What We Learn In The First Year Of Grief
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The first year of grief
I’m on Day 365 of life without my brother Thomas here physically; I’ve completed the first year of grief. Technically it’s just shy of that at 8,758 hours, but who’s counting.
Here’s what I know so far about grief, based on this first year of experience. If you love someone who’s grieving, I hope it helps, because there’s a lot of confusion out there around how to interact with us:
If you don’t know what to say to a grieving person, it’s okay to admit that
If you don’t know what to say, it’s okay to not say anything. Being able to just sit with us and acknowledge our pain is one of the most valuable things you can do. It’ll be uncomfortable for you, but it’s nothing compared to what we’re experiencing. You don’t have to try to fix it or make us feel better, just be with us.
We might need to change or cancel plans abruptly because of grief
Don’t be surprised if we cancel plans abruptly. Forgive us, and love us anyway. Trust me, it’s for your benefit. We might totally seem to have our shit together in the morning, and by lunchtime we’re wiped out from trying to act “normal” and need a time-out. It doesn’t mean we don’t care about and respect others, we’re literally just trying to make it through each hour and it’s messy. Once again, no need to try to fix it or make us feel better. Most of us are ill-equipped to advise others on what would make them feel “better” anyway, and this is especially true with grief.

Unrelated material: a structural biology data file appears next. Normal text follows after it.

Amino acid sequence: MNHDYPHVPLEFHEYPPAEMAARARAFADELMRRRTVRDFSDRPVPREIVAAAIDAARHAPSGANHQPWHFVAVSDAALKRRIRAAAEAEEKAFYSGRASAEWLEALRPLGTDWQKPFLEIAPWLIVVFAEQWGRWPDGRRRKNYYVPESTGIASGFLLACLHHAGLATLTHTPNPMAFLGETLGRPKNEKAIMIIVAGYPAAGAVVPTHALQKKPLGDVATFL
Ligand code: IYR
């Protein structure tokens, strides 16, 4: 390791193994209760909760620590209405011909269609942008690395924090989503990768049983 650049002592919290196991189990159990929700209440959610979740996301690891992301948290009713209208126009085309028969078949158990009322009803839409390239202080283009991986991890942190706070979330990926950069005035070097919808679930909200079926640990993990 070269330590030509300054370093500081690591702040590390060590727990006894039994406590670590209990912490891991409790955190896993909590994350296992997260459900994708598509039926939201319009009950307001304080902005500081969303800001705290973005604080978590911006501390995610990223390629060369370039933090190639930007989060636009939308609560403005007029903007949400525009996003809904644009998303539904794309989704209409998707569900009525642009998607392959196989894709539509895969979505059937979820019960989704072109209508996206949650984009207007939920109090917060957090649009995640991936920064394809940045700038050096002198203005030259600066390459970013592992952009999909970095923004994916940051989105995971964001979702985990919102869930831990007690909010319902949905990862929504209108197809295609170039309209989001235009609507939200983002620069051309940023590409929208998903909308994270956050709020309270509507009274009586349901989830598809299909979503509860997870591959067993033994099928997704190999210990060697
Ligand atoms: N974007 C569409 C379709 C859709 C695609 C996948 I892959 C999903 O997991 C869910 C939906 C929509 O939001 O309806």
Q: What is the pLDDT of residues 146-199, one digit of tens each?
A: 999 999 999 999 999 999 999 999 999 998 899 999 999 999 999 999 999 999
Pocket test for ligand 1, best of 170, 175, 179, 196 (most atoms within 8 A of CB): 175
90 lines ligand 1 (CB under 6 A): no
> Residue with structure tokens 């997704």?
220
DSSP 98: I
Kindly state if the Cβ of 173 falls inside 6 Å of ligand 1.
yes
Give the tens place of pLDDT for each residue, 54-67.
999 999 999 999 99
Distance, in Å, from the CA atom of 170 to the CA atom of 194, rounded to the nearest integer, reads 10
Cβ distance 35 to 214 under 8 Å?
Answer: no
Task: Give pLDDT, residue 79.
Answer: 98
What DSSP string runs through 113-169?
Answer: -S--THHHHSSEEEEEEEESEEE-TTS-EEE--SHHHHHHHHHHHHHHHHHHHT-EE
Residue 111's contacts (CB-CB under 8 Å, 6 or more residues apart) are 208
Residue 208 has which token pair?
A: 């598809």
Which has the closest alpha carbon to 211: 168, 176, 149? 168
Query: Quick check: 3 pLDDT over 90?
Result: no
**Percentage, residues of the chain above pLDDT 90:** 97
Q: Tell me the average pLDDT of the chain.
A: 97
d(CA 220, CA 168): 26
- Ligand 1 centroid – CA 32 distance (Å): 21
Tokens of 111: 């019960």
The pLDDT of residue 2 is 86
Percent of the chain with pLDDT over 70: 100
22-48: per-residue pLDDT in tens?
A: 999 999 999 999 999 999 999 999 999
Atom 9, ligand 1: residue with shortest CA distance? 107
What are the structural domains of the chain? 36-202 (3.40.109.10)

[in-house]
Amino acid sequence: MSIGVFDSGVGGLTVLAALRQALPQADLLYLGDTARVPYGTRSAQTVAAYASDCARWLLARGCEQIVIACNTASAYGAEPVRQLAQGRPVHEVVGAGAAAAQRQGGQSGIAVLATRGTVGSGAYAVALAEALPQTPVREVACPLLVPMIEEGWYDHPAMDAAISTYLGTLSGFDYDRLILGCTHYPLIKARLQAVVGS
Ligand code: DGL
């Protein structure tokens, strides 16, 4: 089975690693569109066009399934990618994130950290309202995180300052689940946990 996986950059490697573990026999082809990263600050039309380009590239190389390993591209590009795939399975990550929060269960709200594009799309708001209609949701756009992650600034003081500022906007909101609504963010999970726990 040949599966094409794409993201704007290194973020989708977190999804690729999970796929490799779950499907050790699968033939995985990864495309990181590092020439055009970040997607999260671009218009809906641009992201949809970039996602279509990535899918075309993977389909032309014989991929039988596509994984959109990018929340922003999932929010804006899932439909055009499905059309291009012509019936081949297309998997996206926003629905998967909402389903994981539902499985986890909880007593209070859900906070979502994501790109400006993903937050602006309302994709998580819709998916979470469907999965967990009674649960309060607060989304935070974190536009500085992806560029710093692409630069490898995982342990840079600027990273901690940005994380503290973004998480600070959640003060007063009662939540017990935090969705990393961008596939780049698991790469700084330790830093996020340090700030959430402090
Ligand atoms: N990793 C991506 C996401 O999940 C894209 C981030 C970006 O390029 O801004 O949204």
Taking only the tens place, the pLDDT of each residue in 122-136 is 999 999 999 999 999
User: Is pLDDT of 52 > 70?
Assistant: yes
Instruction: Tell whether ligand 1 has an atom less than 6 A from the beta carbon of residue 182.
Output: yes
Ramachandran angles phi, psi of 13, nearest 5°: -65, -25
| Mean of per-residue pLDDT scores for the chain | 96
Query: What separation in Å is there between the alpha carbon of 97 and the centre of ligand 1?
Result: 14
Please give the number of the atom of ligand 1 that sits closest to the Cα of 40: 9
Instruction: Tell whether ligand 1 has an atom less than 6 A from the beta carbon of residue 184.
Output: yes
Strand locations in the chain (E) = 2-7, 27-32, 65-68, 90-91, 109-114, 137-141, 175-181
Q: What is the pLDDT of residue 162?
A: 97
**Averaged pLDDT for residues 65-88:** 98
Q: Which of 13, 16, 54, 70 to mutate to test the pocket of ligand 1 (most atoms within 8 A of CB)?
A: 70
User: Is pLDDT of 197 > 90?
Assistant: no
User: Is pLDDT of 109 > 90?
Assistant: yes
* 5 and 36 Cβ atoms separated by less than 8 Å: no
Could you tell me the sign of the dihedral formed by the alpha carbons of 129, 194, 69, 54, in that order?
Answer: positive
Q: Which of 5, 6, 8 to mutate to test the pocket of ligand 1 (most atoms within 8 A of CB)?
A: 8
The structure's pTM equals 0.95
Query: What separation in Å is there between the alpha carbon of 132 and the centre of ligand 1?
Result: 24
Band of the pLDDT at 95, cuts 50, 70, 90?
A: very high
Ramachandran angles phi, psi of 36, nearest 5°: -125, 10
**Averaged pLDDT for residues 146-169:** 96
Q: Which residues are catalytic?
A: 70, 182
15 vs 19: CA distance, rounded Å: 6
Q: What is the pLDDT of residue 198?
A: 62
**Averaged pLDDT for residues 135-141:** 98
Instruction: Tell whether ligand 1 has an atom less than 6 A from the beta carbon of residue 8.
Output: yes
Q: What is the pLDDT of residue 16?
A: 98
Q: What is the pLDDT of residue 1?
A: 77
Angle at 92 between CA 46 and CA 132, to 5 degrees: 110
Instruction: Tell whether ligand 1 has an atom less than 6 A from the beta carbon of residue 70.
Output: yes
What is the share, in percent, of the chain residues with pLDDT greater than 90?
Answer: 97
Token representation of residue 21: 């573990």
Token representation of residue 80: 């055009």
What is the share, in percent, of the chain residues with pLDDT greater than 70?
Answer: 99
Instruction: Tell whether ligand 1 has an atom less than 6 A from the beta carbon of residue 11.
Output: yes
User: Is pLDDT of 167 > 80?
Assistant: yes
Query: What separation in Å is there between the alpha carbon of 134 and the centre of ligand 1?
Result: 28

Grief is not actually a journey or a process
Grief is not a “process” or a “journey” with different levels and a clear end date. It’s our new reality; something we have to suddenly make room for in our lives, and carry every day until we’re reunited with our loved ones. It’s not something we’ll “get through” or graduate from. It’s what we experience every moment even if we’re not openly discussing it, and it has a lot of different ways of manifesting.
Grief is not linear
Even if we seem “normal” when you see us, that doesn’t mean we’ve “recovered” or “gone through the process”. It means that likely with a bit of forced practice, we’re now more skilled at blending in, even when we’re screaming inside (our minds, our homes, our cars, our grocery stores…). As a witness, try to be okay with knowing that grief is never predictable, linear, or finished. Just accept us as we are.
They’re not stages of grief, they’re violent storms